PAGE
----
Straight into the deep end
The new Andhra CM must focus more on development to transcend identity politics.india Updated: Dec 02, 2010 23:25 IST
Barely has he got off the starting block, the new Andhra Pradesh chief minister N Kiran Kumar Reddy has run into a maze from which he will have to find his way out. One MLA has resigned and five others are threatening to on the grounds that they have been given insignificant portfolios in the new cabinet which was formed on Wednesday. Waiting in the wings to exploit these fissures is Jaganmohan Reddy, son of the late chief minister YS Rajashekhara Reddy. Jaganmohan was MP from Kadapa before both he and his mother resigned from the party in protest against the Congress’s refusal to make him chief minister.
While Jaganmohan may have been neutralised to some extent at present, his capacity to undermine Mr Kiran Reddy cannot be underestimated. Mr Kiran Reddy’s trial by fire will come when the Srikrishna Commission submits its report on the contentious Telangana issue some time early in January. The central government will be bound to act on it and whether it endorses a separate state or not, there will be unrest and massive political rumblings. Mr Reddy will have to formulate a gameplan to not just deal with Jaganmohan Reddy but also the acerbic K Chandrashekhar Rao, leader of the Telangana Rashtriya Samiti which has been spearheading a campaign for Telangana.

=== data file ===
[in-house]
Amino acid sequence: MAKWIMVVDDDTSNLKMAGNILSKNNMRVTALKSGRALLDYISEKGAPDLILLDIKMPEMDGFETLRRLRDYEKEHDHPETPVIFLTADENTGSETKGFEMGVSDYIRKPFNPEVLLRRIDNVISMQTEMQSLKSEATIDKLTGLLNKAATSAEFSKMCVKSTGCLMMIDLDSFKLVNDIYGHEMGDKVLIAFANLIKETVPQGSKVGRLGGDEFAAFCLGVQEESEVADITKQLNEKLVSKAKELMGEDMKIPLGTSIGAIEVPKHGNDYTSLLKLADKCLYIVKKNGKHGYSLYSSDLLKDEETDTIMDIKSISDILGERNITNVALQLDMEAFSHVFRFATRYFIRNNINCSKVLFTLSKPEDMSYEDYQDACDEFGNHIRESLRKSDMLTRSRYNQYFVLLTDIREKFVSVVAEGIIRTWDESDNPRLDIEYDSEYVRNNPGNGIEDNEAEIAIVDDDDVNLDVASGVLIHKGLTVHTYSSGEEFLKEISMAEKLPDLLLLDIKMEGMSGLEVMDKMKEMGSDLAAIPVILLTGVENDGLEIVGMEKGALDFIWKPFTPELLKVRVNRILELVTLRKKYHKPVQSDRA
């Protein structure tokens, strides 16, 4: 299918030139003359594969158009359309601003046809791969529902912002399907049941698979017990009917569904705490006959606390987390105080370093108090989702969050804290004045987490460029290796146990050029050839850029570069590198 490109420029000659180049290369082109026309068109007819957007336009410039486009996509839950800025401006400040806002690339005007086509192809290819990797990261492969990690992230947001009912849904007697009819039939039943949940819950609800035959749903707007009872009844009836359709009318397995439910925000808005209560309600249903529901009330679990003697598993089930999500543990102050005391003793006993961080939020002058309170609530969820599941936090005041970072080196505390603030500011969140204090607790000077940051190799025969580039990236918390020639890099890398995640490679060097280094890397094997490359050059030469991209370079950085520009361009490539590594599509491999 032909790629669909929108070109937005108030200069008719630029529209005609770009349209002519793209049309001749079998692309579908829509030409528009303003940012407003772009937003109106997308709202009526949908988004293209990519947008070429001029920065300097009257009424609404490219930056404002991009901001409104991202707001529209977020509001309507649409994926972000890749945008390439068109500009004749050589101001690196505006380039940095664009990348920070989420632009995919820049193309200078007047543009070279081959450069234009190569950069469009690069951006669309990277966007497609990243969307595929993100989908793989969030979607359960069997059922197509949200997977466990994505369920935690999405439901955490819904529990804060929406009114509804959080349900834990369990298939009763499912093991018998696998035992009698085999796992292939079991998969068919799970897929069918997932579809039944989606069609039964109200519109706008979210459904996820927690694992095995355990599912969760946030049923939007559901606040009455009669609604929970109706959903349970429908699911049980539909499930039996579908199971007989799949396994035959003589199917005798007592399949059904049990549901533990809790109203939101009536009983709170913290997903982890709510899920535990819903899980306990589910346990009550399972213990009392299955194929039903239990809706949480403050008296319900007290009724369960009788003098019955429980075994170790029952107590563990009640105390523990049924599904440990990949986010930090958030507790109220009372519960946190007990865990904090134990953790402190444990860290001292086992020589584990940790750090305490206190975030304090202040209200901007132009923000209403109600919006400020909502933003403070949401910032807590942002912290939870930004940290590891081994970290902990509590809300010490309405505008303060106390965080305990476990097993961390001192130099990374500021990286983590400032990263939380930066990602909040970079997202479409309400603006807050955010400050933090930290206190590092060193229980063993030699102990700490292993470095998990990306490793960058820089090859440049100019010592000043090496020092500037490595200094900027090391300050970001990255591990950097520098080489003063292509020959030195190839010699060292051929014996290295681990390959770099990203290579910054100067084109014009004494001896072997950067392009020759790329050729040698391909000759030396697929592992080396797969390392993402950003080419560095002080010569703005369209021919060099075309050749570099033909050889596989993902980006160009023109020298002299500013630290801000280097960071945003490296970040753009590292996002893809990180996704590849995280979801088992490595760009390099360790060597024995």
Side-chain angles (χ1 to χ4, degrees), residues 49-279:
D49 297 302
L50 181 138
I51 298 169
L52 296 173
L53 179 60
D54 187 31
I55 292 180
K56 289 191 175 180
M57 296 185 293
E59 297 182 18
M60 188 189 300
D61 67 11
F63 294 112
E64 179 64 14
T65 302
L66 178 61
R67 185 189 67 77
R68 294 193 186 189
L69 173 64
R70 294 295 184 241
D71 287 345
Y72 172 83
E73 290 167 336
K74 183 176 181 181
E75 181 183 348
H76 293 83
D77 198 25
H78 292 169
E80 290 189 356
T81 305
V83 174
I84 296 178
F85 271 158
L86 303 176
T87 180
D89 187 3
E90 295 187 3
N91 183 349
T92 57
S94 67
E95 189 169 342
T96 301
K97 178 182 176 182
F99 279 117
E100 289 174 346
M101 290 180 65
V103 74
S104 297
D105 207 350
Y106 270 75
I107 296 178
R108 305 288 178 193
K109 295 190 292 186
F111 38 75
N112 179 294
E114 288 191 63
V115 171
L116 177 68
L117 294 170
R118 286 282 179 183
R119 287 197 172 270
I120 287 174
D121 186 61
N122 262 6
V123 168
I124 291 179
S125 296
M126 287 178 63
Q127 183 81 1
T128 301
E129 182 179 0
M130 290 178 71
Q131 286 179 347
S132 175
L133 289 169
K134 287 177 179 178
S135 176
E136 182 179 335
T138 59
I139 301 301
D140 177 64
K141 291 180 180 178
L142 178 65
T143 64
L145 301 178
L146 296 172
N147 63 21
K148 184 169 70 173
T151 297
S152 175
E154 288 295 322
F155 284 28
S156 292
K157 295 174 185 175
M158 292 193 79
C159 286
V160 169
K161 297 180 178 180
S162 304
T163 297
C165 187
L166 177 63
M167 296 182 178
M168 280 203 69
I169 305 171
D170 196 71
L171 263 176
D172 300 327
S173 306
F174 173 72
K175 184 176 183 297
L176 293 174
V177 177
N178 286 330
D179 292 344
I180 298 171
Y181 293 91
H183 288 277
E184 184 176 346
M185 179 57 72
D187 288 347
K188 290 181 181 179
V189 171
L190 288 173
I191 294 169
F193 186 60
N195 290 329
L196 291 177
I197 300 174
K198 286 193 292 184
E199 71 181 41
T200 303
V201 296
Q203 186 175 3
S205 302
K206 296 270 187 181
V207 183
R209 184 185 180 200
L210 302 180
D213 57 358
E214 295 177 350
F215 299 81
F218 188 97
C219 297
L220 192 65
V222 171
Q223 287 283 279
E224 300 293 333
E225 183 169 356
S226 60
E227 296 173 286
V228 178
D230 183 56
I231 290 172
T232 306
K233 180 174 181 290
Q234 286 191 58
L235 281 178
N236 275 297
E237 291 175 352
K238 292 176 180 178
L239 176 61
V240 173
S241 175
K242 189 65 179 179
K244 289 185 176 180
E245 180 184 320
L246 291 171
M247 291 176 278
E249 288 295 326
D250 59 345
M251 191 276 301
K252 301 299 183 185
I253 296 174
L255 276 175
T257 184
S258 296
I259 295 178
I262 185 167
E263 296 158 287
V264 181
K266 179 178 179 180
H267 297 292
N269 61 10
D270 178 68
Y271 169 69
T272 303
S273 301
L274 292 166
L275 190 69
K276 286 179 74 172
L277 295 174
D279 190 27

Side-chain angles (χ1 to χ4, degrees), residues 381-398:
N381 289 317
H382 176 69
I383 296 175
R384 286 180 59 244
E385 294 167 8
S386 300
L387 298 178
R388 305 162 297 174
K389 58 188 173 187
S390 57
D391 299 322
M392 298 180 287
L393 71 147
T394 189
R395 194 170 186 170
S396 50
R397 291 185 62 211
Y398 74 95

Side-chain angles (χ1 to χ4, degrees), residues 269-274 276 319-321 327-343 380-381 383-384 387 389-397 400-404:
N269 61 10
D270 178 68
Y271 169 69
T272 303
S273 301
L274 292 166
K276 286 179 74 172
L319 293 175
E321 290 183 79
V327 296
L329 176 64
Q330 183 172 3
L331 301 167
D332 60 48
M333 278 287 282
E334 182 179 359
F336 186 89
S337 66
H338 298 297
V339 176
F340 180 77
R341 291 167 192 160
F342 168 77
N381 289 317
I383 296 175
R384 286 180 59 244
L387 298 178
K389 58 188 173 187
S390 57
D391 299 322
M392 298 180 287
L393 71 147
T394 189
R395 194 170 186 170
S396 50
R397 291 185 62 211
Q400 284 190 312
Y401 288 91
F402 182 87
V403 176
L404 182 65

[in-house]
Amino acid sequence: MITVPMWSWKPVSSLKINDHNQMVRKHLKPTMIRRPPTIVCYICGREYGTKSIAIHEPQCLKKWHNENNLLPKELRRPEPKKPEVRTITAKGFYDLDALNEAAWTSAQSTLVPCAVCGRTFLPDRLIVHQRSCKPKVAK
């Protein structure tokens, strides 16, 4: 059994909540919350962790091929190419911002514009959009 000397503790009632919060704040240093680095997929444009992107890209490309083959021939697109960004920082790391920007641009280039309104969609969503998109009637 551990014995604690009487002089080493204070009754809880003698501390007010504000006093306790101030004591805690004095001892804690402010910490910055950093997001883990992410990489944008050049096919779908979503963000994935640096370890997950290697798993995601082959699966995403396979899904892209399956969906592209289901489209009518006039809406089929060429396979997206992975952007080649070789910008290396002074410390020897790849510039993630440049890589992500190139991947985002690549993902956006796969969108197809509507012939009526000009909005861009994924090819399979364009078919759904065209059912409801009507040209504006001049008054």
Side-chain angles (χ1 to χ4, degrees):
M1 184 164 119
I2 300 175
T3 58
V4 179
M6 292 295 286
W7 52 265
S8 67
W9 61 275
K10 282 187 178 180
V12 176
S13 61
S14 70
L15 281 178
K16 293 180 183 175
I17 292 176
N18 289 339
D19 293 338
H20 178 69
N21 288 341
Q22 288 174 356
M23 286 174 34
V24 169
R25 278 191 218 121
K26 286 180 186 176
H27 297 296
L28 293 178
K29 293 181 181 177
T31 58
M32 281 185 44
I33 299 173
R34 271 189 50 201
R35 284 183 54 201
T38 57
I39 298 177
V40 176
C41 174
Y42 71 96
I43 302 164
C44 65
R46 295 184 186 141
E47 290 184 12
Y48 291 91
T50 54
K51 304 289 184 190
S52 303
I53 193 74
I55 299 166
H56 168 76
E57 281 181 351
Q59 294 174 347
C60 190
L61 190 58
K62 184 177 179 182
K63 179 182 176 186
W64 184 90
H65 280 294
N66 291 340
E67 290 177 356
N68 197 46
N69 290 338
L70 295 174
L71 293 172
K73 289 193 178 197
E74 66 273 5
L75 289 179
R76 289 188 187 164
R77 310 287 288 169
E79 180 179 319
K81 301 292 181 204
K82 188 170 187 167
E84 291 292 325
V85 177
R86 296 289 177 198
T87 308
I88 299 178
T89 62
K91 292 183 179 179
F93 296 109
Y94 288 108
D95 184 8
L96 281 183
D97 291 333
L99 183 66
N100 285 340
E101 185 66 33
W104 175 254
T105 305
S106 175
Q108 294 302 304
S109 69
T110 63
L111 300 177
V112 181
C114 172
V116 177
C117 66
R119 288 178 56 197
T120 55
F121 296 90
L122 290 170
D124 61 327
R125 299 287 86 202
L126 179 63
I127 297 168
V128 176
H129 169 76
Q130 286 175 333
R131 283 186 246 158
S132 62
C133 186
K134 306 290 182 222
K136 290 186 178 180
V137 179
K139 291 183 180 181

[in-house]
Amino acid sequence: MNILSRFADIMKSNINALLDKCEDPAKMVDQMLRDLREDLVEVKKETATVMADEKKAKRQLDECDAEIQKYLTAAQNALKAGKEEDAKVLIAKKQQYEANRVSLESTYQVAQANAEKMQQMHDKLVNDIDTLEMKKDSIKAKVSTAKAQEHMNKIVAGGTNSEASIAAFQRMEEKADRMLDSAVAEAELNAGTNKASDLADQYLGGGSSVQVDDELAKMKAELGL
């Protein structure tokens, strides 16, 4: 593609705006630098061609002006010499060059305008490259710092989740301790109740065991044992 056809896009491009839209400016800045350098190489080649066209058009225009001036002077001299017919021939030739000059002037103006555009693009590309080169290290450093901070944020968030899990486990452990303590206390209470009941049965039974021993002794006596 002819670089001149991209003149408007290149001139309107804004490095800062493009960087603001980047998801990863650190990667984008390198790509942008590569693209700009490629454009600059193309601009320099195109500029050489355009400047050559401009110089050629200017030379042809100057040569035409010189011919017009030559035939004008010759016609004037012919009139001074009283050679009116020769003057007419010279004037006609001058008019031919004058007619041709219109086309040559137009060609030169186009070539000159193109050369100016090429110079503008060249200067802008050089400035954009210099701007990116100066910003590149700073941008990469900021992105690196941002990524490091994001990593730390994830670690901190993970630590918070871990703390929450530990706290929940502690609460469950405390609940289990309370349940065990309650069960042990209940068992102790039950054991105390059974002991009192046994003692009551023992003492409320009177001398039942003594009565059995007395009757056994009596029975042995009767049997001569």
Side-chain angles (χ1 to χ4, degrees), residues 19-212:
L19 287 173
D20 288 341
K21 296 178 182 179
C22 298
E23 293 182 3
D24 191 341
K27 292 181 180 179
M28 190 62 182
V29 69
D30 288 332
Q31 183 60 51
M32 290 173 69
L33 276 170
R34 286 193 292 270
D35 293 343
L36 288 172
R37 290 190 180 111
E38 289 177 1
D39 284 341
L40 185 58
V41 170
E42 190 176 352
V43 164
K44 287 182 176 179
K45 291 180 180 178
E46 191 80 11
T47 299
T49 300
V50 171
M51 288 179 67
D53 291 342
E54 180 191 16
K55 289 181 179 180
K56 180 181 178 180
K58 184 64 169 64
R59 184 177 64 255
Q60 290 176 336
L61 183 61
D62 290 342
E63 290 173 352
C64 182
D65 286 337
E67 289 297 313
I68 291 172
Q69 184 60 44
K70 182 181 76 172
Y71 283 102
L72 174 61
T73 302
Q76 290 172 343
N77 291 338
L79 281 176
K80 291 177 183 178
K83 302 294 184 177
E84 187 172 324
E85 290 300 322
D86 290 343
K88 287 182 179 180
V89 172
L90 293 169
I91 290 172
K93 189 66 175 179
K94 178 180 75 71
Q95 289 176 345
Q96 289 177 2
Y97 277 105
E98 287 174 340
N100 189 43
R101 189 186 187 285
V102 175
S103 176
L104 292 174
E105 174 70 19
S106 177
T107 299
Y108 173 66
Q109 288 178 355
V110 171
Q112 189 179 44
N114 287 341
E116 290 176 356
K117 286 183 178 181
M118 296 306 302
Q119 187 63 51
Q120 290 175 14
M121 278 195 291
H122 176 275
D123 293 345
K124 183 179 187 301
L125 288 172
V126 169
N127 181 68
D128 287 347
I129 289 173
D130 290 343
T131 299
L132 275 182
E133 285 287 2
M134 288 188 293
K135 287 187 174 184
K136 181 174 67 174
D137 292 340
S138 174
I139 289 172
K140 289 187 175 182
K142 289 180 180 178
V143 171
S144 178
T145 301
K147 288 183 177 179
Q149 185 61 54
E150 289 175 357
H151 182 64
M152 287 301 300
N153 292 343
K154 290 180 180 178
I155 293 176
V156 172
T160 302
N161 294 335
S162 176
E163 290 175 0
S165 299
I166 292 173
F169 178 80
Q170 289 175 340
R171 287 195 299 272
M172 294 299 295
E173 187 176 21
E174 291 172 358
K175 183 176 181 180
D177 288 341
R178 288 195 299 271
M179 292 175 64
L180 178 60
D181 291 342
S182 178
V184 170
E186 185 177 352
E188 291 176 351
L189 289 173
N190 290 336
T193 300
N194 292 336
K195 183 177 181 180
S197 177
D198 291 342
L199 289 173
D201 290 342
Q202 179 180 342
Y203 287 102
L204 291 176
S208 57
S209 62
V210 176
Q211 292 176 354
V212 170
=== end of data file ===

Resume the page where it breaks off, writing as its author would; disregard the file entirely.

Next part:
The fallout of developments in Andhra Pradesh will have significant ramifications on the Congress as a whole. The state contributed 33 MPs to the Congress kitty in the last parliamentary elections in 2009, a number not to be sneezed at. While Jaganmohan Reddy may have to wait a while to grab the chief ministership, he can unsettle Mr Kiran Reddy and make his government ineffective. Mr Reddy has enormous challenges like farmers’ suicides, poor agricultural production and shaky investor confidence to deal with. While he is known to be methodical and disciplined, the quicksilver world of Andhra Pradesh politics also requires a degree of canny political manoeuvring, something the late YSR developed to a fine art.
With the loss in Bihar, the Congress cannot take it for granted that it will come up trumps in the northern states in the next election. Given that it has a restive ally like the DMK in Tamil Nadu, it has to retain a stronghold like Andhra Pradesh. Mr Kiran Reddy has to move quickly to dispel the notion that he is favouring his own caste in portfolio allocation. His focus has to be on delivering the goods on the development front. This will transcend all other forms of identity politics, if he is able to replicate the Nitish Kumar model. The choice of Mr Kiran Reddy was a smart one by the Congress. It now has to keep him steady as he navigates choppy waters in the months ahead.